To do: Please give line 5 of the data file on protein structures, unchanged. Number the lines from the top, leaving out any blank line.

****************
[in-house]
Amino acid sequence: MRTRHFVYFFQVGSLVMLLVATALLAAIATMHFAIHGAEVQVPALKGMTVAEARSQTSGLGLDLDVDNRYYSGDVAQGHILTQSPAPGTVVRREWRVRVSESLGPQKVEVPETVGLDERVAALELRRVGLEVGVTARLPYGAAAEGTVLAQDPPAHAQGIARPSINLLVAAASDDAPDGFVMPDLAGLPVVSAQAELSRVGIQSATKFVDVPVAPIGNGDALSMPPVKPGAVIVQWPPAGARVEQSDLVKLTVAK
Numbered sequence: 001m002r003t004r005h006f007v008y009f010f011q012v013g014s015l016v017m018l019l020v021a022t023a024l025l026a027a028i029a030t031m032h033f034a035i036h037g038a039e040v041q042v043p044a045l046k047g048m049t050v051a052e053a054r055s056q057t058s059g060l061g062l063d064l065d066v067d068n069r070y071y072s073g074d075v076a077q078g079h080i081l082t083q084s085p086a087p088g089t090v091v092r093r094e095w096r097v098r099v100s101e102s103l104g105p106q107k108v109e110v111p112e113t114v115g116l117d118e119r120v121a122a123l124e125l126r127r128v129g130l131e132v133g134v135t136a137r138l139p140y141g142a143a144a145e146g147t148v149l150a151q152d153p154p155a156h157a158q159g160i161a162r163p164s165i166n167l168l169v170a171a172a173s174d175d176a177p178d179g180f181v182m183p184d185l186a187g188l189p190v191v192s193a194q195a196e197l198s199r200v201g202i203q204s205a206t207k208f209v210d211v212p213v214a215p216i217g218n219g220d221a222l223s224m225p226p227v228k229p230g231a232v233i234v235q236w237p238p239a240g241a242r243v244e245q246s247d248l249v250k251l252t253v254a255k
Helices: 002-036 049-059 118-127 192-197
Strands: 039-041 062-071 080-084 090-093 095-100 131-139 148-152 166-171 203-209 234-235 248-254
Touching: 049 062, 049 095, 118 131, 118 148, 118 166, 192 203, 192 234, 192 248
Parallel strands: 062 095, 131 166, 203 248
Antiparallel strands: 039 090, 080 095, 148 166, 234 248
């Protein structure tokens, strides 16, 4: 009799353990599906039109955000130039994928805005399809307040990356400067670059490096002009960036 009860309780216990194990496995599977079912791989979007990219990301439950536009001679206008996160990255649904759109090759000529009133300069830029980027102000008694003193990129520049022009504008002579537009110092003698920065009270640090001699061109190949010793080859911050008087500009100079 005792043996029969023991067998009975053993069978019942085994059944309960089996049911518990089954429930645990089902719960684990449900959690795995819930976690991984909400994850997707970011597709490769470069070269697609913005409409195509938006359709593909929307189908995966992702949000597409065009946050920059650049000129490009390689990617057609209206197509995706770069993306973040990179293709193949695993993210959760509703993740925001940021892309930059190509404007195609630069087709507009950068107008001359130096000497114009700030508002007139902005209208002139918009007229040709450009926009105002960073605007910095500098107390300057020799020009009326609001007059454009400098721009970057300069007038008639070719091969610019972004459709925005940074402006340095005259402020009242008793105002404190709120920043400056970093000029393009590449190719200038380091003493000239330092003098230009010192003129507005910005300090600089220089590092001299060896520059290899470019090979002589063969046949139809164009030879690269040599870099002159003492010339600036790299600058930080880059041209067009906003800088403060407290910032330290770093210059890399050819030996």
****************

Strands: 039-041 062-071 080-084 090-093 095-100 131-139 148-152 166-171 203-209 234-235 248-254